The poll comes less than a month after Trump’s tweet comparing the size of his “nuclear button” to North Korean leader Kim Jong Un’s.

Democrats are far more likely than Republicans to report fear, for example, with almost six in 10 Democrats saying they are “very concerned” about Trump ordering an unjustified nuclear attack, compared to about three in 10 independents and fewer than one in 10 Republicans.

Gender also plays a role, with twice as many women as men saying they are “very” concerned Trump could launch a nuclear attack — 42 percent versus 22 percent.

Those who are most concerned about him launching a nuclear attack without justification are also those who have the least confidence in his mental stability. Only 48 percent of respondents said they thought Trump was mentally stable when asked about the president’s description of himself as a “very stable genius.” Forty-seven percent, meanwhile, don’t think he’s mentally stable.

Eighty-four percent of those who say Trump is not mentally stable are at least somewhat concerned that he could launch an unwarranted nuclear attack, while 72 percent of those who say Trump is stable trust him to handle nuclear weapons………

January 24, 2018 Posted by | public opinion, USA, weapons and war | Leave a comment

Wild boar in Sweden have record radiation levels – legacy of Chernobyl nuclear disaster

Record radiation levels found in Swedish wild boar,   The Local, , @thelocalsweden, 23 January 2018

January 24, 2018 Posted by | environment, radiation, Sweden | Leave a comment

With big plans for new nuclear stations, Britain desperately trying to get volunteers to host waste dump

Guardian 21st Jan 2018, The government is expected this week to begin a nationwide search for a community willing to host an underground nuclear waste dump to store highly
radioactive material for thousands of years.

Britain has been trying for years to secure a site with the right geology and local communities which would volunteer to host a £12bn geological disposal facility (GDF), as a
long-term solution for the most dangerous waste from nuclear power

The last effort hit a brick wall in 2013 when Cumbria county
council, the only local authority still in the running as a host for the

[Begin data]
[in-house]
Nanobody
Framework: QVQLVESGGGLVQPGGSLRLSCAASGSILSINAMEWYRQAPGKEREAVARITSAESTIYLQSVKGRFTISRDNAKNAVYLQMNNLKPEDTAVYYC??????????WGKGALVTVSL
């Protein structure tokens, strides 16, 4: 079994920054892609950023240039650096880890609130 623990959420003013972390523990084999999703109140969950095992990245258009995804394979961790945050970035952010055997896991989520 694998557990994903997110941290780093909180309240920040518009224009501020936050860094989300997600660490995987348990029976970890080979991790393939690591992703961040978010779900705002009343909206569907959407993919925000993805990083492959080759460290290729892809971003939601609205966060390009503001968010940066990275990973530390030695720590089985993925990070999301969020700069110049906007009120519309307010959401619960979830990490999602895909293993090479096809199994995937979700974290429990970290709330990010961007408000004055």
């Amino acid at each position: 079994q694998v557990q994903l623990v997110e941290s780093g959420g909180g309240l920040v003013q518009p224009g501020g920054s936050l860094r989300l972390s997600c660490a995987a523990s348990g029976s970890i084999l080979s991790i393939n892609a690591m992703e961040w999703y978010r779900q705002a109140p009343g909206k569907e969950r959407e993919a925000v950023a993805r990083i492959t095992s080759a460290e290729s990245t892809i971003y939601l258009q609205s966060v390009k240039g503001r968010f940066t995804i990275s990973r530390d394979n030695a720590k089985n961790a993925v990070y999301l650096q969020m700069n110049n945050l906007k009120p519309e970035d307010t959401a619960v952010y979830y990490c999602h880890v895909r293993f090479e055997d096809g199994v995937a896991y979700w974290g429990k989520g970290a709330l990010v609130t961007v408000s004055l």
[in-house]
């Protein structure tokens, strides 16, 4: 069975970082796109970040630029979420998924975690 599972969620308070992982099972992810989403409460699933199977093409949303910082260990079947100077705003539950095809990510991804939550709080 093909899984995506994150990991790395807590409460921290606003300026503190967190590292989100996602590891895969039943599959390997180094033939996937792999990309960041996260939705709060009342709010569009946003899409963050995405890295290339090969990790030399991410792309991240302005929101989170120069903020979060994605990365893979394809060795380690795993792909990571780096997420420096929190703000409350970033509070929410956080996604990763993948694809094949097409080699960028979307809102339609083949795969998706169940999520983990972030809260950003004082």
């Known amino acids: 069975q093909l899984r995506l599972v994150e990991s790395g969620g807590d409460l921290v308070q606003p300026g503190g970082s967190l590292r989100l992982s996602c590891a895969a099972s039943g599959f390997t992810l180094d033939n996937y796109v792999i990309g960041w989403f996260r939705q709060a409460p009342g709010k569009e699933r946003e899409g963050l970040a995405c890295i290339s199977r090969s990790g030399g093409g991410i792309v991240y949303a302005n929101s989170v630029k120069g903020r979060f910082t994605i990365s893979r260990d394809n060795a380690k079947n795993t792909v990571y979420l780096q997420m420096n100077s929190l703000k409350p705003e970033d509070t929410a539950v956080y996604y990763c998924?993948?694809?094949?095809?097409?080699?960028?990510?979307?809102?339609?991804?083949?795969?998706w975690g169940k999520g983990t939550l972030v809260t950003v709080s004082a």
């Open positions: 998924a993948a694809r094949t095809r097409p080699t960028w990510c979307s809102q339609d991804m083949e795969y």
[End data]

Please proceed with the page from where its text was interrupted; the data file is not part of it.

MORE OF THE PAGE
dump, rejected it.

Now, ministers are to relaunch their mission to win over
a community to host the GDF. The task has taken on heightened importance
now that a nuclear power plant is under construction in Somerset, with
plans to build four others.

Radioactive Waste Management, the government
body tasked with building the facility hundreds of metres underground, said
it had made significant progress since 2014 in “developing the offer” to
interested communities. Consultations on the planning process and how the
government will work with communities will be launched this week, said two
sources close to the process. “I hope to God they get it right this time,”
said one. “The mess they made in the past can’t be repeated. It’s
outrageous it became a victim of local politics last time.”


January 24, 2018 Posted by | UK, wastes | Leave a comment

USA will want to withdraw from Iran nuclear deal – Mike Pence

Mike Pence confirms US intention to withdraw from Iran nuclear deal, The US vice president’s visit to Israel has prompted anger from Palestinians over US policy in the Middle East. The Independent ,By Ken Thomas, January 23 2018 US vice president Mike Pence has reiterated to Israeli leaders that the Trump administration plans to pull out of the landmark 2015 Iran nuclear deal unless the pact is amended.

The remarks came as Mr Pence wrapped up his visit to Israel. On Monday, he repeatedly referred to Jerusalem as Israel’s capital, speaking alongside the country’s prime minister Benjamin Netanyahu. He also used a high-profile speech to the parliament to announce plans to speed up the timing of the opening of the US Embassy in Jerusalem, moving it from Tel Aviv, by the end of 2019.

On Tuesday, Mr Pence met with Israeli president Reuven Rivlin and vowed the United States would counter the Iranian nuclear threat………

January 24, 2018 Posted by | Iran, politics international, USA | Leave a comment

Sweden’s Land and Environmental Court not satisfied with safety of planned nuclear waste repository.

Swedish regulators disagree on safety of nuclear waste plan, JANUARY 24, 2018 , Lefteris Karagiannopoulos, OSLO (Reuters)  JANUARY 24, 2018 – Sweden’s radiation safety authority (SSM) and an environmental court issued diverging recommendations to the government on Tuesday on whether to allow the construction of a nuclear waste repository.

While the SSM said the nuclear fuel and waste management company SKB should be allowed to go ahead with the plan, which may take 10 years to complete, the Land and Environmental court said it was not certain of the proposed repository’s safety.